Skip to main content

Trial underway for B.C. caregiver charged with criminal negligence in woman's death

Warning: This article contains disturbing content

A trial is now underway for a B.C. woman charged with criminal negligence in connection with the death of a woman with Down syndrome who was in her care.

Florence Girard’s body was found in a Port Coquitlam home on Oct. 13, 2018. At the time, police said they believed there were signs of malnourishment and starvation.

Astrid Dahl is now on trial, charged with criminal negligence causing death and failing to provide the necessaries of life. On Tuesday, the court heard an audio recording of a statement she gave to Coquitlam RCMP the day after Girard’s body was found.

In the statement, Dahl told Cpl. Shannon Lopetinsky that she met Girard about 30 years prior, and they developed a “rapport.” Eventually, she said Girard’s sister no longer wanted her to live in a group home and requested Dahl care for Girard at her own home.

Dahl said about two years before Girard’s death, she split up with her long-time partner and she and her son moved with Girard to a house which had stairs. Dahl said Girard needed help to get up and down from her room due to mobility issues.

“In the last little while, for sure, definitely, I knew Flo’s health was declining but you know, there’s always that part of you that doesn’t want to admit it because it’s just another loss that we just didn’t want to have to deal with,” Dahl said in the statement. “We didn’t want to have to lose somebody else.”

Dahl said Girard, who she estimated was almost 5’ in height, weighed about 185 pounds when she left the group home, and ended up losing about 100 pounds.

“She was small,” Dahl said, “And that, pretty much, was like a perfect structure for her…she wasn’t in discomfort.”

Dahl told the officer Girard was “doing OK” up until the last month of her life, when she noticed her appetite began to decline and she was losing weight.

When Lopetinsky asked why Dahl didn’t take her to the doctor, Dahl said she didn’t know.

“I guess I wasn’t panicked,” Dahl responded. “She was still Flo, she was still OK.”

Dahl also told the officer the last time Girard had been to the doctor was prior to their move two years before.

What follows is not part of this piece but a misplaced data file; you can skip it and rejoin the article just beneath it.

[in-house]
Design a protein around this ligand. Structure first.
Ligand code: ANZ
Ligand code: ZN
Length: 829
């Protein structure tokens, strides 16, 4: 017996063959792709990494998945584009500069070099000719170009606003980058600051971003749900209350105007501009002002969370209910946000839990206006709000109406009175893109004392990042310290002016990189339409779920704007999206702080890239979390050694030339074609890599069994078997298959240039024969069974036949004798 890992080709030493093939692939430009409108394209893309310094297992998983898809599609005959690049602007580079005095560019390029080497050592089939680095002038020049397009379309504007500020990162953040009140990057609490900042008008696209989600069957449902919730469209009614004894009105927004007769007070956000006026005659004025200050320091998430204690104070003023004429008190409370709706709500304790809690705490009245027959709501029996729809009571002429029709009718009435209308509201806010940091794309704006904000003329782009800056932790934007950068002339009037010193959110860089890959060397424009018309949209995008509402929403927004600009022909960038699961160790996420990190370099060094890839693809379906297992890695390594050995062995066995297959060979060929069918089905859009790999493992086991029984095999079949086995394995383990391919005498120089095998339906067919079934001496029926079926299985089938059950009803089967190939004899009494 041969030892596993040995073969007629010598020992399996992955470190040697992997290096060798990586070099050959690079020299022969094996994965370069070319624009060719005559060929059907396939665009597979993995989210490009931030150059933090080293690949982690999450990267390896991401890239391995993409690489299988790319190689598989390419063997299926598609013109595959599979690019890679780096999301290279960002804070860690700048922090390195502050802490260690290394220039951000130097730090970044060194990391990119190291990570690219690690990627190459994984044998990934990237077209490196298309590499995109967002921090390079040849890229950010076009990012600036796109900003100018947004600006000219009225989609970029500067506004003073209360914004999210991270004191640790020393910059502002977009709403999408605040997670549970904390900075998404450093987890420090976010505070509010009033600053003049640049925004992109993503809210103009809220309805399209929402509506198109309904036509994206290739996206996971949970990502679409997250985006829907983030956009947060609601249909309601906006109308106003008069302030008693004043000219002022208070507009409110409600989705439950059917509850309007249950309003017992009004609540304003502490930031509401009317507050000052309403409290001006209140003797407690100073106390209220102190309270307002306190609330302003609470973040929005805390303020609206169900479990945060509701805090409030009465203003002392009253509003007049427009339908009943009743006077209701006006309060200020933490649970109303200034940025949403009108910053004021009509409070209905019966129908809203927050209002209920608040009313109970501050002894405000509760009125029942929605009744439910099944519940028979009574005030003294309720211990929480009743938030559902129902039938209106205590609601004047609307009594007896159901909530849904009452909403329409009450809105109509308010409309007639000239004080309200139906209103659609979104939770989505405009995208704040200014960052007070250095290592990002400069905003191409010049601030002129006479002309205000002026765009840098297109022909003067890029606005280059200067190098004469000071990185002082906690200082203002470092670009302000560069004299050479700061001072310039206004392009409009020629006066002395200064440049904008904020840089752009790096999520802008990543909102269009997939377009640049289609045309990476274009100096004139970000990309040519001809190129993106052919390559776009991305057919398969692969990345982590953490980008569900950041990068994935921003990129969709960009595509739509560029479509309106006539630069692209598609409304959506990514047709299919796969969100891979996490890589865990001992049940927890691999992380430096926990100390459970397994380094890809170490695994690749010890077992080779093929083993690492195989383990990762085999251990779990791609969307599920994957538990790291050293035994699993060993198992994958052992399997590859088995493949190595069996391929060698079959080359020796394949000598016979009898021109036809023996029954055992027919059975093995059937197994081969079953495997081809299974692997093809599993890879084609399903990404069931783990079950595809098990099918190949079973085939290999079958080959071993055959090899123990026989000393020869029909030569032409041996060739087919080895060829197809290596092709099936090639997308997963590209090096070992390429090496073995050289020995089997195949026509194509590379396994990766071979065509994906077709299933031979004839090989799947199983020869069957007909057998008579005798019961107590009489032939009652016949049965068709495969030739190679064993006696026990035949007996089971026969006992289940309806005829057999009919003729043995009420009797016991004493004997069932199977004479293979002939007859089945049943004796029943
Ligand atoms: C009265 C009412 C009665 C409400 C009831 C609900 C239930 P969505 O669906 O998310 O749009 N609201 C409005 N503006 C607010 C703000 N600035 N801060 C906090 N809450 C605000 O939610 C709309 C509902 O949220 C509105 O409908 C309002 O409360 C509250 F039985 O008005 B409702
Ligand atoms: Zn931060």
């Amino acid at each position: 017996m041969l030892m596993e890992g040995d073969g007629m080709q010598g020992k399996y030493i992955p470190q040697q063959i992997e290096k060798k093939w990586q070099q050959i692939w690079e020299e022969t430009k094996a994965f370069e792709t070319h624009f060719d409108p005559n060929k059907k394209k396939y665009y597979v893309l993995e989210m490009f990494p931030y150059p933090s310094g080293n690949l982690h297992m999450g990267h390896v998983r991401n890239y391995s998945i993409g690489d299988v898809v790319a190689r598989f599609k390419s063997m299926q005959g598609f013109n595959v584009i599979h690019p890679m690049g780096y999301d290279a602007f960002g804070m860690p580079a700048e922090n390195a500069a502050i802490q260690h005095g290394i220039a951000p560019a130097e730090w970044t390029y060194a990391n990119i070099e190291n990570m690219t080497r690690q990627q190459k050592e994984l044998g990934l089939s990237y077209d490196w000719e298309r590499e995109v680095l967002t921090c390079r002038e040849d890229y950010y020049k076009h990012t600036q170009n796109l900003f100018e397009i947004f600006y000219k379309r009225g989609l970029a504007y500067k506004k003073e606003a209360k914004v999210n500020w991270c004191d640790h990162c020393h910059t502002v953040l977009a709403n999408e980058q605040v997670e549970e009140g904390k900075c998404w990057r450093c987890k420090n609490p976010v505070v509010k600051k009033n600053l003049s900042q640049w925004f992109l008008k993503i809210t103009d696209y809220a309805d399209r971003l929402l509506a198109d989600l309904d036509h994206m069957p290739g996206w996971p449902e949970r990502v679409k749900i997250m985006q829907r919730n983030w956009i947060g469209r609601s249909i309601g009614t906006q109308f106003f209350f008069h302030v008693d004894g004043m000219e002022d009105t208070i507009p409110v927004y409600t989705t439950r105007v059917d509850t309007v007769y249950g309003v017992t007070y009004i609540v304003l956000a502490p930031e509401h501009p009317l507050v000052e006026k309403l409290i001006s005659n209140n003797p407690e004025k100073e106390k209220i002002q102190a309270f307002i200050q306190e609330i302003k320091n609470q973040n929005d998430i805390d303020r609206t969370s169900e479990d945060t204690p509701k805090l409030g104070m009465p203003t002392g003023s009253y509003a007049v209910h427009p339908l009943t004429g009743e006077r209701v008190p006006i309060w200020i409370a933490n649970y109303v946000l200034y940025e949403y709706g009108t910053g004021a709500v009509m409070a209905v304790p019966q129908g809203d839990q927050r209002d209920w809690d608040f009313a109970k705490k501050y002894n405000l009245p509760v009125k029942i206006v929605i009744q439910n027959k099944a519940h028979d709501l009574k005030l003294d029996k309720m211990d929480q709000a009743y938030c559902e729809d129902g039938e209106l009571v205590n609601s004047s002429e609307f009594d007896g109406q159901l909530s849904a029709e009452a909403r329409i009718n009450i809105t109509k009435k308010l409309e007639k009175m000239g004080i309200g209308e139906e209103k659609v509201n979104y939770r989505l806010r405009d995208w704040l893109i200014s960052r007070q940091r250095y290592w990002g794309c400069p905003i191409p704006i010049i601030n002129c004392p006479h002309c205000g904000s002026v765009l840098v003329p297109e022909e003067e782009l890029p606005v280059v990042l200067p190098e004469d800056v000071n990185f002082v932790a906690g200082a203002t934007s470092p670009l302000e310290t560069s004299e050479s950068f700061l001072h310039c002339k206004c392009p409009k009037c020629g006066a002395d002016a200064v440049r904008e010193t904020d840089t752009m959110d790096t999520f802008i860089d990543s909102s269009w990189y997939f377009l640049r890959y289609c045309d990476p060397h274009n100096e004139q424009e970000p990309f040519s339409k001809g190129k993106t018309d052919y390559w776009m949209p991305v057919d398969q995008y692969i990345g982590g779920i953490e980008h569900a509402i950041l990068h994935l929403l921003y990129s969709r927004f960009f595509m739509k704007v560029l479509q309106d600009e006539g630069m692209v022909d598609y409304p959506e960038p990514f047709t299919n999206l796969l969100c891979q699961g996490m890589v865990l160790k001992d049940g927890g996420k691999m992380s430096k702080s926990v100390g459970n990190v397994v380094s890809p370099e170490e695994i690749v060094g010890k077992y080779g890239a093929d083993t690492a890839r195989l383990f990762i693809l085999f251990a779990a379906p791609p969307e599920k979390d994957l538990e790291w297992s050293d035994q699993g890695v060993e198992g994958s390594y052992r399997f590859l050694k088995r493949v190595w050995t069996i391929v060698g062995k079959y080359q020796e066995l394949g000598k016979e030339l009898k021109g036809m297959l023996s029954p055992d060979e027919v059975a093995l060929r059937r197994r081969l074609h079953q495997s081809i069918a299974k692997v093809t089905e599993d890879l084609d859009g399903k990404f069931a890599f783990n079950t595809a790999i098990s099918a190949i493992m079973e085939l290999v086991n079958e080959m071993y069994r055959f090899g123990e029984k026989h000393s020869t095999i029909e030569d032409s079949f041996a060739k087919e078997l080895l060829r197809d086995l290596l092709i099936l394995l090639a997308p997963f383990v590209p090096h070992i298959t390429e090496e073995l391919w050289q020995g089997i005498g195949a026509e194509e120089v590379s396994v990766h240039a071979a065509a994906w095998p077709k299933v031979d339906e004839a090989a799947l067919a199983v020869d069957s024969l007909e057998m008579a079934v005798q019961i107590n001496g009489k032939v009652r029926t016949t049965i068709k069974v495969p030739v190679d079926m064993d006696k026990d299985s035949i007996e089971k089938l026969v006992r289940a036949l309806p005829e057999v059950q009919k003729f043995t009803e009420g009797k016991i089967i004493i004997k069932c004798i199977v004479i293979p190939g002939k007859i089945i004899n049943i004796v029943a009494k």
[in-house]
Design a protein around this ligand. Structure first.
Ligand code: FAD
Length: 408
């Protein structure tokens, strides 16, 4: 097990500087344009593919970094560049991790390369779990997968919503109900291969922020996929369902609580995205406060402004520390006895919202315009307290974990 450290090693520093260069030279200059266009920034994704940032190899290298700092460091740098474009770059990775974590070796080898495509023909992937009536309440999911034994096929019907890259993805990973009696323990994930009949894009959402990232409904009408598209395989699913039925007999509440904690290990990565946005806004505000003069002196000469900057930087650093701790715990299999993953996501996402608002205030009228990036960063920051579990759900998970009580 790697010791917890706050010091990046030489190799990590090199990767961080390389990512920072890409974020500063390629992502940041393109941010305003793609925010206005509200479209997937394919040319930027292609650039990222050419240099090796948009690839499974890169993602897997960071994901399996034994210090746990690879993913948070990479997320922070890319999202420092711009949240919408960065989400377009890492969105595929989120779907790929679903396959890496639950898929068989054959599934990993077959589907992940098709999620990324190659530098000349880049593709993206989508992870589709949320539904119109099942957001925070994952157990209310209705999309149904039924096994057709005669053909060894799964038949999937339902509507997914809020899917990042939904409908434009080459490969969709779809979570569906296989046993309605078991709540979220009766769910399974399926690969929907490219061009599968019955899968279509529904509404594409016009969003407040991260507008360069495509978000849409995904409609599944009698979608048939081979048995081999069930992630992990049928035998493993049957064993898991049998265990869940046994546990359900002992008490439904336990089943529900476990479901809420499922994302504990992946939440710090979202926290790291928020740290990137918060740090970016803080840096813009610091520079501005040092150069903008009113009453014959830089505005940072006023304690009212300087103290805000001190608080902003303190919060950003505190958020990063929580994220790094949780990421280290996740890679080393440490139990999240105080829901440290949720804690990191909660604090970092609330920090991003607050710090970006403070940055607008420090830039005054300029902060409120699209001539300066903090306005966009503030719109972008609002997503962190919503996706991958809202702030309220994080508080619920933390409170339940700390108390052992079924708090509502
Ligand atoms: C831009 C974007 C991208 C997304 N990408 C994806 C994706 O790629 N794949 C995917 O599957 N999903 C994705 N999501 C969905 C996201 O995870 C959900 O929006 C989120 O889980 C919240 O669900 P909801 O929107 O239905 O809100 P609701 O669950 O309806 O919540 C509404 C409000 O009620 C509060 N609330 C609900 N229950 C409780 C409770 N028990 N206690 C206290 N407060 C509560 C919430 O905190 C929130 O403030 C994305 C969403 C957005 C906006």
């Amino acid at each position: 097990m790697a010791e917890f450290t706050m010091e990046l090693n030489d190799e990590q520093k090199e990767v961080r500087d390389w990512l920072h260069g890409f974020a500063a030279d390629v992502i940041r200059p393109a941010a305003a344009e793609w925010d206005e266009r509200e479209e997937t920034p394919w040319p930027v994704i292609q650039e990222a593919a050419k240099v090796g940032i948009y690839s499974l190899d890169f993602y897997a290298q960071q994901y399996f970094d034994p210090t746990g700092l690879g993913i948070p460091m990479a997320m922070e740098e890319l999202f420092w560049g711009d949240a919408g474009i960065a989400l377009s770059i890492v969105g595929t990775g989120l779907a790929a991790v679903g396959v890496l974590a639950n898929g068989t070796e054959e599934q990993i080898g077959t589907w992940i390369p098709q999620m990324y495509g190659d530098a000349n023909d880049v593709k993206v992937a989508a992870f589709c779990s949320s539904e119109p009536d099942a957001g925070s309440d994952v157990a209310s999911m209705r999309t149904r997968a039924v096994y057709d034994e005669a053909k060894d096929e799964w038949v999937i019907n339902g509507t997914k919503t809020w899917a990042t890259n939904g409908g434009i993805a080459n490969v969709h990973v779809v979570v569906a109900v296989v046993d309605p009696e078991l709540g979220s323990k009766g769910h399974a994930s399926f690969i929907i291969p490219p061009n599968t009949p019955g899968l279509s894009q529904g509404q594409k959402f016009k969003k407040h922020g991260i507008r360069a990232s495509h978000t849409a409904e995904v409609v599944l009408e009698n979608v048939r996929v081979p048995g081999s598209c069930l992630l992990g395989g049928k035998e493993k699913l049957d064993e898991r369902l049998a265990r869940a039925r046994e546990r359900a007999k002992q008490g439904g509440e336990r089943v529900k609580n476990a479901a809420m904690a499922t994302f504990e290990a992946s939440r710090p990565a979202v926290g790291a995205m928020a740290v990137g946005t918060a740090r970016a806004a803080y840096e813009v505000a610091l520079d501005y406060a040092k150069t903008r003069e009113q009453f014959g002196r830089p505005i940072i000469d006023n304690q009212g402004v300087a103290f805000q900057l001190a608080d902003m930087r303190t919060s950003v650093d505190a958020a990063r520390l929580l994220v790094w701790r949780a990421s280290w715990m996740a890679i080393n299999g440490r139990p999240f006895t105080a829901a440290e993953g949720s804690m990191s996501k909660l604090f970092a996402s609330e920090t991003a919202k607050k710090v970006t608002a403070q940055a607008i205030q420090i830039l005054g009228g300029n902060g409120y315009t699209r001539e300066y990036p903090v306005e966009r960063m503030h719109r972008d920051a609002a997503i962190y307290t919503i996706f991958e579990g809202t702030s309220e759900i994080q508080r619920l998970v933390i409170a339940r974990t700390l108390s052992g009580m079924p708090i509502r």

Dahl said on the day before Girard’s body was found, she had tried to feed her mashed potatoes but said she “wasn’t responding” to the food.

“I pretty much knew that was going to be her last night alive. You could see it in her,” Dahl said. “She was trying to drink, you could see she wanted to, and then you could just see that she just gave up.”

Dahl said she placed Girard in bed and then went to bed herself, after taking some NyQuil to get some sleep following a flu she had come down with recently.

Dahl told the officer she went into Girard’s room the next morning around 10 a.m. and she was cold to the touch.

“I opened the door, called her name, went over, touched her on the forehead,” Dahl said. “I went back out. I went to my room and closed the door. I don’t know if I was there for maybe half an hour. I didn’t know what to do…I didn’t know how to react.”

Dahl said she called police around 1 p.m., after getting her phone and researching what to do when someone dies.

Lopetinsky asked Dahl if there was a point in the night when she thought Girard should go to the hospital. She said no.

“I guess in the back of my mind, I thought she’s going to be OK tomorrow,” Dahl said. “I don’t know.”

Dahl told Lopetinsky she received a monthly contract fee to care for Girard, and a government agency was supposed to cover her rent, although Dahl said there was an issue regarding that payment and it hadn’t been coming in.

Dahl also said she had not spoken to Girard’s family about end-of-life plans, and didn’t learn very much about providing that type of care for people with Down syndrome when training in college.

The recorded statement was entered into evidence after a voir dire, or trial within a trial, which was held to determine admissibility.

Girard’s sister was in the courtroom, and previously told CTV News Vancouver her 54-year-old sibling came from a large family, and was sweet and funny.

The final witness of the day to testify was Dahl’s son, who told the court he knew Girard his whole life and considered her a family member, and added he noticed “gradual” weight loss over the last year of her life.

The crown’s case is expected to conclude later this week or early next week. Top Stories

Stay Connected